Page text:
The book discusses the failed reform initiatives of the 20th century’s “one size fits all” model for American education. A recommendation is made to adopt a systemic change in how, why, and what we teach, which takes the form of a new whole-child framework. This new educational narrative fosters a more learner-centered, constructivist, interdisciplinary, and meaningful approach to learning. Positive education offers educators new strategies to develop character strengths and promote well-being in their students.
James Trifone holds a PhD in education from the University of Lancaster, UK. He is the academic director of the Master of Arts in Learning and Thinking [MALT] degree program, offered at The Graduate Institute in Bethany, Connecticut. This program consists of an innovative and learner-centered approach for preK–12 educators who strive to develop and integrate a holistic twenty-first-century whole-child approach into their classroom teaching.
Part I: Whether to Reform or Transform That Is The Question
Chapter 1: America Needs To Transform Rather Than Reform Education
Chapter 2: Transformation Requires a Systemic Change
Chapter 3: Transforming Education: The Whole-Child Paradigm
Part II: The District-based Influences That Affect Learning & Thinking
Chapter 4: Creating a New Story of Learning & Thinking
Part III: The Educator-Based Influences That Affect Learning, Thinking & Well-Being
Chapter 5: What Are the Teaching Practices of the Teacher –Centered and Learner-Centered Approaches to Teaching?
Chapter 6: Towards a Constructivist Approach to Learning
Chapter 7: What Thinking Skills Foster Meaningful Learning
Chapter 8: The Interdisciplinary Curriculum
Chapter 9: Why Is the Whole-Child Educator Interested in Positive Psychology?
Part IV: Personal Demonstrations Of Learning & Thinking
Chapter 10: The Whole-Child Educator Fosters a Growth Mindset
Part V: Interpersonal Demonstrations of Learning & Thinking
Chapter 11: How Do Students Demonstrate Competency in Interpersonal Skills?
Trifone advocates for transforming, not reforming, schooling in the US. He characterizes US classrooms as suffering from too much lecture-based teaching; the squelching of creativity, innovative thinking, and nonconformity; an over-reliance on standards-based assessment of learning and teaching; and the failure to recognize that students have unique learning skills and needs. He calls for adopting a "whole-child" approach, which would require a systemic change in educational organizations, creating high achievement expectations for all students, aligning educational standards, and fostering dialogue and decision-making among all members of the learning community…. Trifone notes that transitioning from the teacher-centered 20th century to the learner-centered 21st century educational approach will require professional development and the support of all communities for funding and social change. Recommended. Advanced undergraduates through faculty; professionals.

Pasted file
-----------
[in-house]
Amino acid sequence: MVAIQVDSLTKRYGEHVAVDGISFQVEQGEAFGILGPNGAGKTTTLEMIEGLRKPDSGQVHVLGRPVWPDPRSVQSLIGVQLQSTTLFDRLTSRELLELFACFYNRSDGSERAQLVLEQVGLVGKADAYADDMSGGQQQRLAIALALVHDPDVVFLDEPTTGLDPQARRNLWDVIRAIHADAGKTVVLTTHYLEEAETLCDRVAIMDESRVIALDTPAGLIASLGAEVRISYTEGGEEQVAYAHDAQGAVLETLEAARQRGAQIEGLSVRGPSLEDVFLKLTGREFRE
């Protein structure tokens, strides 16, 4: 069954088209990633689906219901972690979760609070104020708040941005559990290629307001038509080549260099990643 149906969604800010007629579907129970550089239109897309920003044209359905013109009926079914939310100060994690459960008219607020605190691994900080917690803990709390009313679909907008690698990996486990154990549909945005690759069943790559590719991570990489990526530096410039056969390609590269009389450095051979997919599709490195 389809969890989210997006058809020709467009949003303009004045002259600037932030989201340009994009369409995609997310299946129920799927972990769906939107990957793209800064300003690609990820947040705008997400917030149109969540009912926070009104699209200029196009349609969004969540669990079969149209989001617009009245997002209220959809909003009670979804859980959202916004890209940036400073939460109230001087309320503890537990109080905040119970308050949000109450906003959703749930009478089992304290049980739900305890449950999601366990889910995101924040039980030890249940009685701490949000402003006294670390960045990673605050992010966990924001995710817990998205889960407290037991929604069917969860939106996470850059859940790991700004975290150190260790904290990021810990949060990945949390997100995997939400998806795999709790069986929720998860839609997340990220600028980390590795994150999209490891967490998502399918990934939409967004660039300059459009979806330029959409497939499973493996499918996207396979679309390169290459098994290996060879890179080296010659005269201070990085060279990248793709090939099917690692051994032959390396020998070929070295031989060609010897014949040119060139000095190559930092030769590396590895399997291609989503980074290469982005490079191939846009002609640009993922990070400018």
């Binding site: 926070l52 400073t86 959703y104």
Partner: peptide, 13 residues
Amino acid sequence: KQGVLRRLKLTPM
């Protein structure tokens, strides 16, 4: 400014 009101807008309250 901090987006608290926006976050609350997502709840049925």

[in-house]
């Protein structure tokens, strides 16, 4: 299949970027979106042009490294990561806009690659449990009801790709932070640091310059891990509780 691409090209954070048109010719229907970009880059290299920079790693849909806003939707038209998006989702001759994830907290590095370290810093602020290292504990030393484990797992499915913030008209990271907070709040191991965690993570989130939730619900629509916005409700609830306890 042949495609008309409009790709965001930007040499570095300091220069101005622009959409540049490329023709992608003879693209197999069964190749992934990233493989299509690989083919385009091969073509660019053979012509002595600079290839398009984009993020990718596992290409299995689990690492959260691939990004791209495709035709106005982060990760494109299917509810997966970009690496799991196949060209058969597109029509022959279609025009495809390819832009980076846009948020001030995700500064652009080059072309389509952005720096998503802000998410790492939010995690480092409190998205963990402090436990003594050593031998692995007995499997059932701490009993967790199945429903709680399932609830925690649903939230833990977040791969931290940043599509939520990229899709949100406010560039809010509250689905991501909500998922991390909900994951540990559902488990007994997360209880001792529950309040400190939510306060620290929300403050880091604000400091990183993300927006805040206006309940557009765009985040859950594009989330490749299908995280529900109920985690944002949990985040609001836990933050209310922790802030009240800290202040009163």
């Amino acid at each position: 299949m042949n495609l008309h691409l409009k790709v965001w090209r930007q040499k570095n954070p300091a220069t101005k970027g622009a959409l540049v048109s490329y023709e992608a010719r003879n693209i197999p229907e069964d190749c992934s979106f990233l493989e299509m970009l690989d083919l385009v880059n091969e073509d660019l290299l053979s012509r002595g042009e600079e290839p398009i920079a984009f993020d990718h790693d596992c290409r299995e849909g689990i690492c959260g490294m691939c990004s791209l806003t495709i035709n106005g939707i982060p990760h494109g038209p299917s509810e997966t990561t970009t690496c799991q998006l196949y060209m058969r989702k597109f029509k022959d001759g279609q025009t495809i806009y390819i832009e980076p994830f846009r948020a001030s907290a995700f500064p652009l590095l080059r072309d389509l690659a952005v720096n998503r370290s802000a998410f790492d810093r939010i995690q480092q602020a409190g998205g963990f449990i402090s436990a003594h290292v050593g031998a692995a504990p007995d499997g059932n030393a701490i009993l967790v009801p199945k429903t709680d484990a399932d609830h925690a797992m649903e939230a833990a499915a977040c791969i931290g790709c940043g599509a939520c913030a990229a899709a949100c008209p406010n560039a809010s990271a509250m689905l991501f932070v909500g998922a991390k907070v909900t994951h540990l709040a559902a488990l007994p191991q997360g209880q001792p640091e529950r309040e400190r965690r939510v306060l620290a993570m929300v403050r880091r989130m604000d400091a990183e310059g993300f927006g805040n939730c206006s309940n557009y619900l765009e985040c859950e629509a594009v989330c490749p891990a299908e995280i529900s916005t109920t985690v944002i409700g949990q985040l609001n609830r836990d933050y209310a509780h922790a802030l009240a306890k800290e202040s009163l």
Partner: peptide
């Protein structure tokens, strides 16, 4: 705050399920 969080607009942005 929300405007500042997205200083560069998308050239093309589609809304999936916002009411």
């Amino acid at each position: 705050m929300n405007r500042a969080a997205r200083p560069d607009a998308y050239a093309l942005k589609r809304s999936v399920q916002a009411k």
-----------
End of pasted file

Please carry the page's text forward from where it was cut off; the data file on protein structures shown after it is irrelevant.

Expertly researched, the book eloquently challenges the reader's conceptions of American education. A master educator, Jim's passion for teaching and learning engages his readers as they consider his strong case for the transformation of American education from a dated and outmoded factory model, to a whole-child methodology.
This book addresses the Whole Child by detailing the need to also take into consideration the student’s social and emotional intelligences. The manuscript is very concise with explicit language relatable to the novice and veteran educator as well as the non-educator. It is appropriate for early childhood educators and beyond. Administrators should use it as a starting point to address the overall transformation needed in each of their schools.
Trifone’s work puts to paper not what SHOULD happen, but what HAS to happen if education is going to change for the better. Districts may say they focus on the whole-child and appreciate emotional and social learning, but at the end of the day standardized measures still win out. Education does not have an end goal. It’s a process. We should pay attention to the “how” of student learning, not simply the “what”.
James Trifone clearly presents what most educators in the trenches, so to speak, would agree should be the future of education in this country. He is clear on what needs to be done moving forward. Most administrators encourage their teachers top teach 21st century but don’t give them the tools to do so. This is the text Administrators should be exploring with their staff as a guidebook to teaching 21st century skills.
This is the book I have been waiting for someone to write and I am sure many educators would agree. As a teacher who has been in this profession for 27 years and witnessed first-hand the damage and turmoil that has ensued over the two and a half decades, the book validated so many of my beliefs and hopes for change. I am always so grateful that we have people like Jim who continue to speak up and fight for what is best for our children.